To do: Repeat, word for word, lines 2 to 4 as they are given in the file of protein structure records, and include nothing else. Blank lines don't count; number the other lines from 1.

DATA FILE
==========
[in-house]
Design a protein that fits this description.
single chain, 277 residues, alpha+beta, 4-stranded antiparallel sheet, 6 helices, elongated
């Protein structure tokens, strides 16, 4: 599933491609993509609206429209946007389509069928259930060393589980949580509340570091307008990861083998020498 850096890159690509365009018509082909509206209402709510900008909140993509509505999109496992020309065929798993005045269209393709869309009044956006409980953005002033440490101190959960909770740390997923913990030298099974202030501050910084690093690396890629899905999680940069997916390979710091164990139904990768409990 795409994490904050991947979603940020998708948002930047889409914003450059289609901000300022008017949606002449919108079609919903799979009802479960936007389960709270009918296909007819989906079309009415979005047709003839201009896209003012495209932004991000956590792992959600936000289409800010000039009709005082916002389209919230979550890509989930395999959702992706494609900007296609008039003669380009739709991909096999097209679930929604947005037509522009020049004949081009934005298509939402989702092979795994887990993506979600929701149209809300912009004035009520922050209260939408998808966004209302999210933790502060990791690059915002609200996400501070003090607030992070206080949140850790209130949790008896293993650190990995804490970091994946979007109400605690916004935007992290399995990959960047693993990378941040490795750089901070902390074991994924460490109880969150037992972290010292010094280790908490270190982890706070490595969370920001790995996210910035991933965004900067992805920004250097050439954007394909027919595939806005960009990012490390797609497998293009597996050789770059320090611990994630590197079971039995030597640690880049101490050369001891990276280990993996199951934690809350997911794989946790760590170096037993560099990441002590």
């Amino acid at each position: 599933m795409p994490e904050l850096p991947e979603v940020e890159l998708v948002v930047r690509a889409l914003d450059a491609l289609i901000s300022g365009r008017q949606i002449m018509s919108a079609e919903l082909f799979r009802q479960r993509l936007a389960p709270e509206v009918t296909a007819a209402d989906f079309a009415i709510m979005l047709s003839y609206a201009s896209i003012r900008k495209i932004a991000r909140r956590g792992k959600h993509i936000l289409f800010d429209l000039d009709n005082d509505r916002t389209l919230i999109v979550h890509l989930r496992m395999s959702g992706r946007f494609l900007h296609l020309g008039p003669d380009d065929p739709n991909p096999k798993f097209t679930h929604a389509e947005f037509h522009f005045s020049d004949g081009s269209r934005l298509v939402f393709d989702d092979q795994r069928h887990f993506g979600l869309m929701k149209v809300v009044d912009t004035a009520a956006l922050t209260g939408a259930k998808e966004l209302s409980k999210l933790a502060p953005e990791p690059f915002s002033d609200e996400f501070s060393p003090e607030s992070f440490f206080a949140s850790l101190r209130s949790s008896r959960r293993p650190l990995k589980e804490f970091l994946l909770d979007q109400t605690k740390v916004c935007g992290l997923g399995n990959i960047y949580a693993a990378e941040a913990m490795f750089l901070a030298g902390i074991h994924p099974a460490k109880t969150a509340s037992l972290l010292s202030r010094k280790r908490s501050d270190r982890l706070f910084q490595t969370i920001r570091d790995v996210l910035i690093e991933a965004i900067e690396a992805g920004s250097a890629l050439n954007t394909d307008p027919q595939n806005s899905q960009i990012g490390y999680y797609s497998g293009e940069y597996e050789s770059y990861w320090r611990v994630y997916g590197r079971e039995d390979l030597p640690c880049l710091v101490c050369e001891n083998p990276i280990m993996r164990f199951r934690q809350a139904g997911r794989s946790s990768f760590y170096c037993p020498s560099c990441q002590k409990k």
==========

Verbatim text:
Design a protein that fits this description.
single chain, 277 residues, alpha+beta, 4-stranded antiparallel sheet, 6 helices, elongated
């Protein structure tokens, strides 16, 4: 599933491609993509609206429209946007389509069928259930060393589980949580509340570091307008990861083998020498 850096890159690509365009018509082909509206209402709510900008909140993509509505999109496992020309065929798993005045269209393709869309009044956006409980953005002033440490101190959960909770740390997923913990030298099974202030501050910084690093690396890629899905999680940069997916390979710091164990139904990768409990 795409994490904050991947979603940020998708948002930047889409914003450059289609901000300022008017949606002449919108079609919903799979009802479960936007389960709270009918296909007819989906079309009415979005047709003839201009896209003012495209932004991000956590792992959600936000289409800010000039009709005082916002389209919230979550890509989930395999959702992706494609900007296609008039003669380009739709991909096999097209679930929604947005037509522009020049004949081009934005298509939402989702092979795994887990993506979600929701149209809300912009004035009520922050209260939408998808966004209302999210933790502060990791690059915002609200996400501070003090607030992070206080949140850790209130949790008896293993650190990995804490970091994946979007109400605690916004935007992290399995990959960047693993990378941040490795750089901070902390074991994924460490109880969150037992972290010292010094280790908490270190982890706070490595969370920001790995996210910035991933965004900067992805920004250097050439954007394909027919595939806005960009990012490390797609497998293009597996050789770059320090611990994630590197079971039995030597640690880049101490050369001891990276280990993996199951934690809350997911794989946790760590170096037993560099990441002590």